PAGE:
What is sexual battery or assault?

Sexual battery in many states is different from rape. While rape involves forcible sexual penetration or intercourse, sexual battery does not. Legally, sexual battery is defined as a forced sexual contact with intimate parts that can occur when the victim is clothed or unclothed. To file a case of sexual battery, sexual penetration need not have occurred. Forcible kissing, grabbing, touching or fondling of intimate parts constitutes as sexual battery in some states. A charge of sexual battery can also be brought when a victim is forced to touch the defendant’s intimate parts.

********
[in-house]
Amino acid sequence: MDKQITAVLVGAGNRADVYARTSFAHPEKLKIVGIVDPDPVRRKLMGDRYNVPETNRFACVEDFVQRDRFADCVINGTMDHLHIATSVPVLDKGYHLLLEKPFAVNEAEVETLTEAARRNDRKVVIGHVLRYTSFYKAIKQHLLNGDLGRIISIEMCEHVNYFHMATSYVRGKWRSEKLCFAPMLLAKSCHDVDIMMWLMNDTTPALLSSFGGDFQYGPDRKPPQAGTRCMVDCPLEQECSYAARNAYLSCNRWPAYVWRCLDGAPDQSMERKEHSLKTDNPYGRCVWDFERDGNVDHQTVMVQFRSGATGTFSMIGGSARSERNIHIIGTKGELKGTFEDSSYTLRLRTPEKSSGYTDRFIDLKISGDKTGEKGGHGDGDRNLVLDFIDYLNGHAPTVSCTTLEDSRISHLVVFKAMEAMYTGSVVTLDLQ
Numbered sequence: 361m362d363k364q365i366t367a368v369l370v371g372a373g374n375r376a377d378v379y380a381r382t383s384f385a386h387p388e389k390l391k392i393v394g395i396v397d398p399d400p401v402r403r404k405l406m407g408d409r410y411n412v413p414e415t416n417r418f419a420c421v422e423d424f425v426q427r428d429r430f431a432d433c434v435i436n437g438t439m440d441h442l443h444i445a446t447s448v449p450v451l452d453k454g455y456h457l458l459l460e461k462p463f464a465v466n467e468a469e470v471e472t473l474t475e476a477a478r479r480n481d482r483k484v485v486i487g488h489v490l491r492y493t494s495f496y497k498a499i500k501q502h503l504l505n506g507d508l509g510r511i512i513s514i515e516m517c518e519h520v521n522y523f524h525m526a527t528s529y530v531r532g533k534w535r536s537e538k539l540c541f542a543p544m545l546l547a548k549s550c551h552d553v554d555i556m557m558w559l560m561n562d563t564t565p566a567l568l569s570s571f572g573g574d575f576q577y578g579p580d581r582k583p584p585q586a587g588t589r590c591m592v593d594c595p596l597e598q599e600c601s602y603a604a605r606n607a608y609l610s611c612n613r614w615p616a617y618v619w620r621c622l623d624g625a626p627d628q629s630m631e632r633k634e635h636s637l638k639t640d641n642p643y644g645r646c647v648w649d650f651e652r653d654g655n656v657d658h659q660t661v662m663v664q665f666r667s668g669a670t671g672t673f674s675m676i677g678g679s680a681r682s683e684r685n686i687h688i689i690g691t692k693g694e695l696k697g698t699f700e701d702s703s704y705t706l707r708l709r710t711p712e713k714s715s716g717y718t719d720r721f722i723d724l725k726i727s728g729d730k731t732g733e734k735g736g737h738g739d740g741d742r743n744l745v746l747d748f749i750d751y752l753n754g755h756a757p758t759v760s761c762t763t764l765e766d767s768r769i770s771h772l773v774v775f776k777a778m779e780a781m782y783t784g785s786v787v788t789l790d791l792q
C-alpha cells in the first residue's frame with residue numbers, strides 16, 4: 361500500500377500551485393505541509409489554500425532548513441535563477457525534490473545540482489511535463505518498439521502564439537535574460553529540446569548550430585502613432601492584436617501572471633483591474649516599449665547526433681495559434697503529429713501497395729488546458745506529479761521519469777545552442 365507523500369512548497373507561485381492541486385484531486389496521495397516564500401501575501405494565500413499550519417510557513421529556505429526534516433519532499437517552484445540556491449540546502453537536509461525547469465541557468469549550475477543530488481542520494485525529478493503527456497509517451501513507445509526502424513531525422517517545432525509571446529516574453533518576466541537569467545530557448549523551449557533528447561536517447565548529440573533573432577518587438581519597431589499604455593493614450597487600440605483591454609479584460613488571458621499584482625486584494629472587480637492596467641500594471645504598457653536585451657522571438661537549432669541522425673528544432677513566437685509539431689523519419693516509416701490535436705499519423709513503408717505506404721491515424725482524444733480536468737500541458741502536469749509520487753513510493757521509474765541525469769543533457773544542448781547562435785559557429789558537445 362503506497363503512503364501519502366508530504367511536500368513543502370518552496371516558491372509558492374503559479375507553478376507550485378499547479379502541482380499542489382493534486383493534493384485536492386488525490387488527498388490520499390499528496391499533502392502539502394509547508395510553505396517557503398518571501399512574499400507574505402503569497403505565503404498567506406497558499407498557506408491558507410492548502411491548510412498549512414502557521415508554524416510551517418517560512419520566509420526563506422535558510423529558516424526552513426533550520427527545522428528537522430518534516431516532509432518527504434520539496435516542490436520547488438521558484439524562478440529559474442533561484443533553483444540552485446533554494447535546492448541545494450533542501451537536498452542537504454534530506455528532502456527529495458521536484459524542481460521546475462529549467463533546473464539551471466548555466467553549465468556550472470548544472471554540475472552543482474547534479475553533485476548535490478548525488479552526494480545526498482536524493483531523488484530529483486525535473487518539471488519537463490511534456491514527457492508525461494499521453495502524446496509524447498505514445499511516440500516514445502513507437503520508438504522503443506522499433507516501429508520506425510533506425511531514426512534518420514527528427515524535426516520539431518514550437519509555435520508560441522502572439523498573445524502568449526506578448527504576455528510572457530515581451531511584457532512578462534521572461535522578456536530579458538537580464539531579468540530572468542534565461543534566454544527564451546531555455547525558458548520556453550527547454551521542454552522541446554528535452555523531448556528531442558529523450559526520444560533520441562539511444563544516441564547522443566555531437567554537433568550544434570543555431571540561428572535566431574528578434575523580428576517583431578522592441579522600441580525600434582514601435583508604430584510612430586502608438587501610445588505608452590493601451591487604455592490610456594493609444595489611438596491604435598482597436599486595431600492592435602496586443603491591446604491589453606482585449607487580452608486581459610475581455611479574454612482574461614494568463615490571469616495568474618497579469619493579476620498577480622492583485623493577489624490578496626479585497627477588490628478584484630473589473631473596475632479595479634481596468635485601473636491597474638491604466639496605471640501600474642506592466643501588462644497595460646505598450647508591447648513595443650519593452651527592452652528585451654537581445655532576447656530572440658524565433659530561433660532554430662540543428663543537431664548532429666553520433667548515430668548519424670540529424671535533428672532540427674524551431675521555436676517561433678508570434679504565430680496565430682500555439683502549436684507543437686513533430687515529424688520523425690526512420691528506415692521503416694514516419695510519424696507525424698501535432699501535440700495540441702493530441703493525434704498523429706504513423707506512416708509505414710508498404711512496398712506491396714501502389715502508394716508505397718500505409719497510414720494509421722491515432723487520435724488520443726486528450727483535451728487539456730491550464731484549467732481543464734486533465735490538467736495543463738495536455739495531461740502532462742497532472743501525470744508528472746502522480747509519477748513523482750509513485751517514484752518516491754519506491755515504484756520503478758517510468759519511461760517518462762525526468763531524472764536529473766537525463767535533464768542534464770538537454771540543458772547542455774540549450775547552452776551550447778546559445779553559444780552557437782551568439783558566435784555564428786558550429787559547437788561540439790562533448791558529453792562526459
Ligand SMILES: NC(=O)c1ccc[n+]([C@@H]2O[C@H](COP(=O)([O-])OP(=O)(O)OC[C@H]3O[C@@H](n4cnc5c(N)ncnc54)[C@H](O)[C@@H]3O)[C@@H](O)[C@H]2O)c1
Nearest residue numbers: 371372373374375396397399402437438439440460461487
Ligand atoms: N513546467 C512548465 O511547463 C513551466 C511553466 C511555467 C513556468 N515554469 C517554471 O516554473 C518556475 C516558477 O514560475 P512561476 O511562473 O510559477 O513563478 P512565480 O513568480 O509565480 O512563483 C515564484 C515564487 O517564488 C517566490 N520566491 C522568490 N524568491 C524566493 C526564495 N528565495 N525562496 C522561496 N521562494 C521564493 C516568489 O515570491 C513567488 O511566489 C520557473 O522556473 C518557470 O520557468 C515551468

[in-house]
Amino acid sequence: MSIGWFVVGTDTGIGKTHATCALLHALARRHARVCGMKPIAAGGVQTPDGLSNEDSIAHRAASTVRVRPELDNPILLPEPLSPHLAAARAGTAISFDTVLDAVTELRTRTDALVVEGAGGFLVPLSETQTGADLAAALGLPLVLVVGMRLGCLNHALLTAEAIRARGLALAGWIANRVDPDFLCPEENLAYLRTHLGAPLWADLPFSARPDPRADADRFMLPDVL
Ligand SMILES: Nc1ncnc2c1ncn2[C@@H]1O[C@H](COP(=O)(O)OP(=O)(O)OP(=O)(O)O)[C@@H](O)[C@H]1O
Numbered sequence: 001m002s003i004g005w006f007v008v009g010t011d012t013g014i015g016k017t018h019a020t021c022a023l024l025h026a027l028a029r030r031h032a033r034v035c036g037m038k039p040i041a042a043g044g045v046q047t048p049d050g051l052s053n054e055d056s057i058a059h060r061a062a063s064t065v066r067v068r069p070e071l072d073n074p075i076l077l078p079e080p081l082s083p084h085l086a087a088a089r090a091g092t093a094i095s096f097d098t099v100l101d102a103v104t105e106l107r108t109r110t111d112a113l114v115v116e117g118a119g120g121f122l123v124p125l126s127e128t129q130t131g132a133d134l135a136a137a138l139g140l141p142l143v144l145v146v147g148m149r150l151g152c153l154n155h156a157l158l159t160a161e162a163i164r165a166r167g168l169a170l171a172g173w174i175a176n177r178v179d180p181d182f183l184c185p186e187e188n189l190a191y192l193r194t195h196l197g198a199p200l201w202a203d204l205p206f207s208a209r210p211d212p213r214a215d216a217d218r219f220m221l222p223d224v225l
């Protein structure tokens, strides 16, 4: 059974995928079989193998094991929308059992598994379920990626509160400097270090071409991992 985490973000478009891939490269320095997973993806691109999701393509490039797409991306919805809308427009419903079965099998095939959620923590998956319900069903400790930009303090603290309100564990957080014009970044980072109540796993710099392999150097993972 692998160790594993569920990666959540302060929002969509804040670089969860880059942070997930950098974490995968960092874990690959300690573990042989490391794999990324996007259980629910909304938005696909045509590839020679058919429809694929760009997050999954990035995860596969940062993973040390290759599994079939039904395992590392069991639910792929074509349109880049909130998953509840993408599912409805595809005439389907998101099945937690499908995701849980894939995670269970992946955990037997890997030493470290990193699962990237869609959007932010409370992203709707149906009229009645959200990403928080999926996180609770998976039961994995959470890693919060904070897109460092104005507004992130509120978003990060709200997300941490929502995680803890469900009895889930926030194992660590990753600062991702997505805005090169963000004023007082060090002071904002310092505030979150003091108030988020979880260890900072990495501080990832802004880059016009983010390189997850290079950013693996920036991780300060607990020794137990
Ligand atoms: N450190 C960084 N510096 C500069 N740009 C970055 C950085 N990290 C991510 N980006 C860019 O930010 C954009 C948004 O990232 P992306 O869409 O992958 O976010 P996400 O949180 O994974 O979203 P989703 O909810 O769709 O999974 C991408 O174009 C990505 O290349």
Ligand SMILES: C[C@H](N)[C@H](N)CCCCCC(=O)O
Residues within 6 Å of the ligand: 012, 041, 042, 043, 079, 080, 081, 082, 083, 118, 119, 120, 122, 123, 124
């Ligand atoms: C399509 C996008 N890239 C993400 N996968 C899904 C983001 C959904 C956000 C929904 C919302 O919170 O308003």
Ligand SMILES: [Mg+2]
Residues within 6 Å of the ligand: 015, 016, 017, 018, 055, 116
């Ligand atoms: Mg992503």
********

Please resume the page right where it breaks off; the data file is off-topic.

In Australia, rape is included under sexual battery. According to the Australian statute on sexual battery, it must be shown that a penetration, either orally, anally or vaginally has occurred. A lack of consent also has to be proven by the prosecution if the victim is above the age of twelve.

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